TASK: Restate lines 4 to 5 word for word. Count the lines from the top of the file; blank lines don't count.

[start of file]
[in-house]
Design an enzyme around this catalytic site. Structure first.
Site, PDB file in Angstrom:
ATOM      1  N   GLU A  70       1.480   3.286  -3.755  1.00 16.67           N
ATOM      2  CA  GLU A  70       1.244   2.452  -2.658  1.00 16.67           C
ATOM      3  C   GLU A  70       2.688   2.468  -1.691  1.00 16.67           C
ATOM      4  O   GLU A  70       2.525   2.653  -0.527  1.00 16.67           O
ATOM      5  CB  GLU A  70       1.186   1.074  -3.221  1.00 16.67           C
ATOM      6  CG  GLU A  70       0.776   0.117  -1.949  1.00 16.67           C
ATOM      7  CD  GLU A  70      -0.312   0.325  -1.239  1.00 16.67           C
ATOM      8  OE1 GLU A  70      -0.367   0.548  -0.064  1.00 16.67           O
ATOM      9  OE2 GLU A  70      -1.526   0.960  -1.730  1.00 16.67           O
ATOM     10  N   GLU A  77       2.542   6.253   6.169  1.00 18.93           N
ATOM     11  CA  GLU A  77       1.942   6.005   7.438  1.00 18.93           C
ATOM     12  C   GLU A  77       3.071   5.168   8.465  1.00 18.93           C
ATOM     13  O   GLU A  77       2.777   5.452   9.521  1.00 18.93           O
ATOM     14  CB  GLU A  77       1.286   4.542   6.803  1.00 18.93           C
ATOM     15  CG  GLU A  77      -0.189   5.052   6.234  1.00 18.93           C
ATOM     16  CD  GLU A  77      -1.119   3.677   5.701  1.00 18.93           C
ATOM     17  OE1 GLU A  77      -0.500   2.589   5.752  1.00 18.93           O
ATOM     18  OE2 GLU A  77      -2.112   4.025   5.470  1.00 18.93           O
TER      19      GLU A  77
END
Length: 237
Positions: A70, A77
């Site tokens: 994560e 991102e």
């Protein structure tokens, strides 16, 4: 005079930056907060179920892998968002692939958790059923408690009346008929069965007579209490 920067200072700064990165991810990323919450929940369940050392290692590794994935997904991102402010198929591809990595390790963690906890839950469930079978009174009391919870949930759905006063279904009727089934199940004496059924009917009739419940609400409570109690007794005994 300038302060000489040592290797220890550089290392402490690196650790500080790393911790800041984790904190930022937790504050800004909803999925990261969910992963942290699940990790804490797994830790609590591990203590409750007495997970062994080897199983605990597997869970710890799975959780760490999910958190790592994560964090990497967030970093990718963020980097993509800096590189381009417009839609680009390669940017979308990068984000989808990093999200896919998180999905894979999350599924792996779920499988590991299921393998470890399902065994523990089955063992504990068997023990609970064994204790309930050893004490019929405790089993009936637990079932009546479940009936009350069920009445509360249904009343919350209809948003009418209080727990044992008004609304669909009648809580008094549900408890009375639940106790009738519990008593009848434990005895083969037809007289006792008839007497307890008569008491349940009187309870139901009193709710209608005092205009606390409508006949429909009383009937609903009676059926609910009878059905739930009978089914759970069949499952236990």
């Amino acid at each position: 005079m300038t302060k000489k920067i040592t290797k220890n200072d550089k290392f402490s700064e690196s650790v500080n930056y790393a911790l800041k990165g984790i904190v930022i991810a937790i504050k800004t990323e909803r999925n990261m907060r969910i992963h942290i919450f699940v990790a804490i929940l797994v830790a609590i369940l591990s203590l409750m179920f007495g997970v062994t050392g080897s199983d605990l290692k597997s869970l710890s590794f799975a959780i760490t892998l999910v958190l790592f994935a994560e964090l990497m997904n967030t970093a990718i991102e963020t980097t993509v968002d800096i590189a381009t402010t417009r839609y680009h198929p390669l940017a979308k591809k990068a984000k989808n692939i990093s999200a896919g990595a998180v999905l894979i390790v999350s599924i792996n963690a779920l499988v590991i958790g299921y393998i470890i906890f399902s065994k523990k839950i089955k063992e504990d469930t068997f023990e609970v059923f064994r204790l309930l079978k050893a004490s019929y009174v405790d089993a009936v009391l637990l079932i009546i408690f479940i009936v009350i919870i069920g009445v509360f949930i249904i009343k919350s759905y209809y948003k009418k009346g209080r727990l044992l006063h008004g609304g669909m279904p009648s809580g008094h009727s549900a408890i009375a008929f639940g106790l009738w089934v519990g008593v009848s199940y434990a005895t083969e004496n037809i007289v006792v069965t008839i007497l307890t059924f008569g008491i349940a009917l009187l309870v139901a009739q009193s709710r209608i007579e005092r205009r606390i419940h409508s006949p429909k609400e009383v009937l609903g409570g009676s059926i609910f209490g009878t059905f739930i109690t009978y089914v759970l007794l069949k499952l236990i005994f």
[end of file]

ATOM      1  N   GLU A  70       1.480   3.286  -3.755  1.00 16.67           N
ATOM      2  CA  GLU A  70       1.244   2.452  -2.658  1.00 16.67           C